Nearly 10% of Vietnam’s pig herd has been culled in an effort to slow the spread of African swine fever (ASF) that's beginning to hit the country’s large commercial swine farms.
Initial ASF outbreaks took place at mostly small household farms, but are now showing up in larger commercial herds, including Phu Son Farm in Dong Nai province near Ho Chi Minh City, Reuters reported.
"This is a very worrying sign as these farms have tens of thousands or hundreds of thousands of pigs each and therefore the damages would be significant," the government said in a statement.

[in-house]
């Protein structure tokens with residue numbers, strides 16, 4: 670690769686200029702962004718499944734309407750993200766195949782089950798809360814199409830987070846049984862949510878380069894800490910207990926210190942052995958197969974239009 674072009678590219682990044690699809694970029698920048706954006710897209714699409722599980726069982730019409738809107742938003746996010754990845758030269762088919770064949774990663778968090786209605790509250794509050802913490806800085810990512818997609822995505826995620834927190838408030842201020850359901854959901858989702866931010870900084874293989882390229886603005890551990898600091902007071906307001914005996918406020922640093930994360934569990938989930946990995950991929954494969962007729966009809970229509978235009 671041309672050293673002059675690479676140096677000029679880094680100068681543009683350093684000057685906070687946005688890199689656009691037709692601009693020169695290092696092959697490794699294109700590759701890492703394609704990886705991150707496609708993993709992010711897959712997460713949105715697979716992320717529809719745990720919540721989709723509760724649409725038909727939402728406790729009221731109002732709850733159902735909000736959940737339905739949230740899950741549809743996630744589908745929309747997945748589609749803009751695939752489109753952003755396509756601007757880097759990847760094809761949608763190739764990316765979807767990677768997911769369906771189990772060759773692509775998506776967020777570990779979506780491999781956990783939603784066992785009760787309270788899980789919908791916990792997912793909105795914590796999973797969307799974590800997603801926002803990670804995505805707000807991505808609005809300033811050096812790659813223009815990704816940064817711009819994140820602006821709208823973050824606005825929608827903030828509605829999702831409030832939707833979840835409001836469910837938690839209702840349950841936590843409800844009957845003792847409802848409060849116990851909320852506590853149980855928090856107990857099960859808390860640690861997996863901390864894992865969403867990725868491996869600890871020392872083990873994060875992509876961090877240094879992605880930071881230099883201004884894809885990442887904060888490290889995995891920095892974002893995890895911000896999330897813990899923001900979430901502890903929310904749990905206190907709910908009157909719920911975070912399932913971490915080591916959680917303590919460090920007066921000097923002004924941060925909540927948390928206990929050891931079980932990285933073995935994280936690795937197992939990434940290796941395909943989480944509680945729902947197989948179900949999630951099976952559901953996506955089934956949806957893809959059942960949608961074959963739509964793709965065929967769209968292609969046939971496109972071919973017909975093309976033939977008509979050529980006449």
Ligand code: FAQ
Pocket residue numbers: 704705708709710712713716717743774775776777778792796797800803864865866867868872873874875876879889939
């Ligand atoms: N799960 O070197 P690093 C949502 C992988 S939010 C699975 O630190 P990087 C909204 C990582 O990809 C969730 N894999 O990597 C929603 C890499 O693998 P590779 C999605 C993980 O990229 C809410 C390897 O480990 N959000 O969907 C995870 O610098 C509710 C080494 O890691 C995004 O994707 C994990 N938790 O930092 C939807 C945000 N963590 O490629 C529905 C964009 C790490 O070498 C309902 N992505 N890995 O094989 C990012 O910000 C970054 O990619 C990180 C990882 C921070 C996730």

Authorities culled hundreds of pigs at Phu Son Farm, home to more than 18,000 pigs, said Bach Duc Luu, the deputy head of Vietnam's Department of Animal Health.
Phu Son Farm, founded in 1976, is one of the oldest of its kind in Vietnam, and supplies pork mostly to Dong Nai province and neighboring Ho Chi Minh City, Reuters said.
Luu is concerned that the heavy rainfall taking place in southern Vietnam could spread the virus further.
The deadly virus of pigs, which cannot affect human health or the food supply, was first detected in Vietnam in February.
For more information on ASF, visit porkbusiness.com/ASF.
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